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What We’re Reading: January Round-Up

2017 January 5
by Wren

What We're ReadingIt’s 2017, and with the new year comes the guilt-laden media: articles on how to keep resolutions, get fit, and fix x, y, or z about yourself. I say forget all that, and instead, focus on doing things that fulfill you. For me, two of the most fulfilling activities are reading and writing (no surprises there, I’m sure). Reading should be fun and something you do for yourself. If reading is something you hope focus on in the new year, here are some books that might pique your readerly appetite. There’s no pressure here, no results requested, and no one is holding you accountable. All we ask is that you read for fulfillment, for fun and joy, for creative nourishment. Behold, the January 2017 staff round-up!

hate-u-giveThe Hate U Give by Angie Thomas (Balzer + Bray, February 2017)
Previewed by Cassidy

There are dozens of YA books I’m hype about in 2017, but The Hate U Give by Angie Thomas is possibly the most urgent and necessary of them all. The book centers around sixteen-year-old Starr Carter, who has to balance who she is at home in a poor neighborhood with who she is at her wealthy suburban prep school. When Starr witnesses the fatal police shooting of her childhood best friend, Khalil, the world she knows is thrown into chaos. As protests and movements build around Khalil’s death, everyone turns to Starr to find out just what happened last night. Based on the Black Lives Matter movement, this book asks all of the right (and all-too-real) questions. You can find it in stores on February 28, but TBH you should probably just pre-order it now.

universal-harvesterUniversal Harvester by John Darnielle (Farrar, Straus and Giroux, 2017)
Reviewed by Aaron

Darnielle’s Universal Harvester starts with the last days of a Video Hut in Nevada, Iowa. While partially billed as a horror novel (and while it’s certainly unsettling at times), the most touching aspect of the book is the way the characters navigate the social mores of the rural Midwest. Their navigation of the typical tracks their conversations take—the conversational fences that make good neighbors—leads to almost as much tension as the purposefully horrific subplot.

Aspects of video tape culture, obviously on its way out in the early aughts, carry the structure of the novel. The horror plot centers around strange footage edited into rental movies. Meanwhile, parts of the book seem spliced or recorded over, and there are times when I wish I could adjust the tracking to get a clearer picture. Information is coyly doled out like in Midwestern small talk; the narrative makes skittering jumps as though a piece of film were left on the cutting room floor; and confusing imagery is left to writhe on the page, forcing the reader to create an image out of static.

radianceRadiance by Catherynne Valente (Tom Doherty Associates, LLC, 2015)
Previewed by Josh

You might know Catherynne Valente from any of the Fairyland books (which feature prose lush enough to make mouths water and hack writers sweat) or her short fiction (which has appeared in appropriately wonderful magazines like Uncanny or Beneath Ceaseless Skies). Maybe you’ve read her essays or follow her on Twitter, or possibly you’ve made bad life choices up until this moment and haven’t engaged with any of Valente’s work up until this point. I’ve read only one of Valente’s books and a few of her short stories, and they’ve all made me incredibly excited for her newest book, Radiance, which is an alt-history SF space opera written in a formally experimental prose style. It follows a filmmaker rebelling against her father (another filmmaker) by shooting daring documentaries across the solar system, which is populated by alien races pulled straight from classic science fiction. It sounds like a treatment of the genre and of various prose forms, but if I know anything about Valente’s writing, there will also be a beautiful, moving, powerful story nestled in amongst the experimentation.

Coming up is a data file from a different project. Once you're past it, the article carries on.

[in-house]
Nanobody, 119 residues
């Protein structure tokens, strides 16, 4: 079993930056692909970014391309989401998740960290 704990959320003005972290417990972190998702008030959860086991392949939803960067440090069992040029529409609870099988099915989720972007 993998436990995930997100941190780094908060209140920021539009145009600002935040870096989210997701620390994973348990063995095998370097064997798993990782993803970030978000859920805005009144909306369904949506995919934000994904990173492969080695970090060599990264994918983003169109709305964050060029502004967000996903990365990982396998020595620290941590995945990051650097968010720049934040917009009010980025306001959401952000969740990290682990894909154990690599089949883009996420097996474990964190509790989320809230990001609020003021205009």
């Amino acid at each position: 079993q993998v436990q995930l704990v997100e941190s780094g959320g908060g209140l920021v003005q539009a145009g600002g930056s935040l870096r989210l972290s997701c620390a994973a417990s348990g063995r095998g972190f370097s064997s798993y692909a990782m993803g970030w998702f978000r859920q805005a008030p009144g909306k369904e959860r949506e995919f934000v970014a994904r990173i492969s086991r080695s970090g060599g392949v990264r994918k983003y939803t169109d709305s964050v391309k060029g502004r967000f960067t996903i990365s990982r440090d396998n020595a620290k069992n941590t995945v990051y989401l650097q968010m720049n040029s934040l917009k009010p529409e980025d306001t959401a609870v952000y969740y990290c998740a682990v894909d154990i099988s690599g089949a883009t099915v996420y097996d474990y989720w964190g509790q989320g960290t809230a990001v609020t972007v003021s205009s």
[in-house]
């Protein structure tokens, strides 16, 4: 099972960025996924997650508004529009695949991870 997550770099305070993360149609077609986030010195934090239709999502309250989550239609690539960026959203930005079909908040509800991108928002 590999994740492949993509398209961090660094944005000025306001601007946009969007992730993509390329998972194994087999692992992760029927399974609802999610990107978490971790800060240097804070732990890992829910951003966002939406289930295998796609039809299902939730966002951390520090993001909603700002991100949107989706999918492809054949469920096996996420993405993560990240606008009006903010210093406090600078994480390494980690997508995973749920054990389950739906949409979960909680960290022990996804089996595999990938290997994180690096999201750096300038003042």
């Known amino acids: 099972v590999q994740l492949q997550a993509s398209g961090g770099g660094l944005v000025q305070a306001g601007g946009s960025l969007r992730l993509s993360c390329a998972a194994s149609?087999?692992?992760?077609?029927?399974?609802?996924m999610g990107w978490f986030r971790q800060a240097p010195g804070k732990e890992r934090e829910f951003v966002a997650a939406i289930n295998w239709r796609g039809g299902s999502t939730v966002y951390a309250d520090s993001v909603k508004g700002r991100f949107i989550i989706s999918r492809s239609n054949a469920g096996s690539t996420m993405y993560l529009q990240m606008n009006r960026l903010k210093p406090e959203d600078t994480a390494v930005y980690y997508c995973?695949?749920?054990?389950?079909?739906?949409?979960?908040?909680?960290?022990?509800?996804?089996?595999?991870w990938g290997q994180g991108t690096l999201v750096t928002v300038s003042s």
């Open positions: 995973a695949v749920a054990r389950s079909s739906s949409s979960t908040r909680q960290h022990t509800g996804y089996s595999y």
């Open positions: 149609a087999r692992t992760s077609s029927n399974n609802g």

let-it-die-hungryLet It Die Hungry by Caits Meissner (The Operating System, October 2016)
Reviewed by Wren

This is a fascinating collection that captured my imagination immediately with its multi-pronged approach. Caits Meissner fuses poetry, prose, prompts, and comic panels to address an endless curiosity and appetite for getting messy (in the best way). The book reminded me of a personal mantra of mine: clarity over certainty. If you’re looking for certainty, you’re bound to find the unexpected and get anxious about the results not matching up (kind of like those resolutions I was talking about earlier). But if you’re pursuing clarity instead, you can acknowledge all of the curious pieces of a thing, and let it sit in it’s beautiful, steaming, sloppy self, and find freedom in that. In fact, there are writing prompts in Let It Die Hungry that ask a series of questions that get to that very point of clarity of self, such as “A time you fit in or stood out that felt purposeful and deeply chosen. What agency did you have? What made you feel powerful, loudly or quietly, about the choice?” The poetry within takes on a conversational tone, yet with a strong and urgent sense of voice. All of it is infused with sensual, bodily language. This is a collection I could (and plan to) read multiple times to really catch all the beautiful and messy clarity oozing from each page.

Happy new year, dear readers.


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